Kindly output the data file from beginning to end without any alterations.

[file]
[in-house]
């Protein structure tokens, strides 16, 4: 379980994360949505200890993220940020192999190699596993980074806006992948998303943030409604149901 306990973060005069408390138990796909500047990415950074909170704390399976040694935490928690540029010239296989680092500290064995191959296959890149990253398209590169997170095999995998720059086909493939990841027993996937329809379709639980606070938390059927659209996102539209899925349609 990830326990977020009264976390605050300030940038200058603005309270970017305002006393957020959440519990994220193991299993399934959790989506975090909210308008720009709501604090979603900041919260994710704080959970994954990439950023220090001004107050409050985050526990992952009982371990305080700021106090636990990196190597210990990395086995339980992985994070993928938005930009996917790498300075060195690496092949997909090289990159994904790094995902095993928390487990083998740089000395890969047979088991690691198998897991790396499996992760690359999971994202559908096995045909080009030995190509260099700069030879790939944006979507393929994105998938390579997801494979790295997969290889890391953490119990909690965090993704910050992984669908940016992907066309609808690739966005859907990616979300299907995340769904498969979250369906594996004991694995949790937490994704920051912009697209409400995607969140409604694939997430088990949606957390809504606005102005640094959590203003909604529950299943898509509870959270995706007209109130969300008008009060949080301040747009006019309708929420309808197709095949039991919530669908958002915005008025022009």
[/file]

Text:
[in-house]
């Protein structure tokens, strides 16, 4: 379980994360949505200890993220940020192999190699596993980074806006992948998303943030409604149901 306990973060005069408390138990796909500047990415950074909170704390399976040694935490928690540029010239296989680092500290064995191959296959890149990253398209590169997170095999995998720059086909493939990841027993996937329809379709639980606070938390059927659209996102539209899925349609 990830326990977020009264976390605050300030940038200058603005309270970017305002006393957020959440519990994220193991299993399934959790989506975090909210308008720009709501604090979603900041919260994710704080959970994954990439950023220090001004107050409050985050526990992952009982371990305080700021106090636990990196190597210990990395086995339980992985994070993928938005930009996917790498300075060195690496092949997909090289990159994904790094995902095993928390487990083998740089000395890969047979088991690691198998897991790396499996992760690359999971994202559908096995045909080009030995190509260099700069030879790939944006979507393929994105998938390579997801494979790295997969290889890391953490119990909690965090993704910050992984669908940016992907066309609808690739966005859907990616979300299907995340769904498969979250369906594996004991694995949790937490994704920051912009697209409400995607969140409604694939997430088990949606957390809504606005102005640094959590203003909604529950299943898509509870959270995706007209109130969300008008009060949080301040747009006019309708929420309808197709095949039991919530669908958002915005008025022009």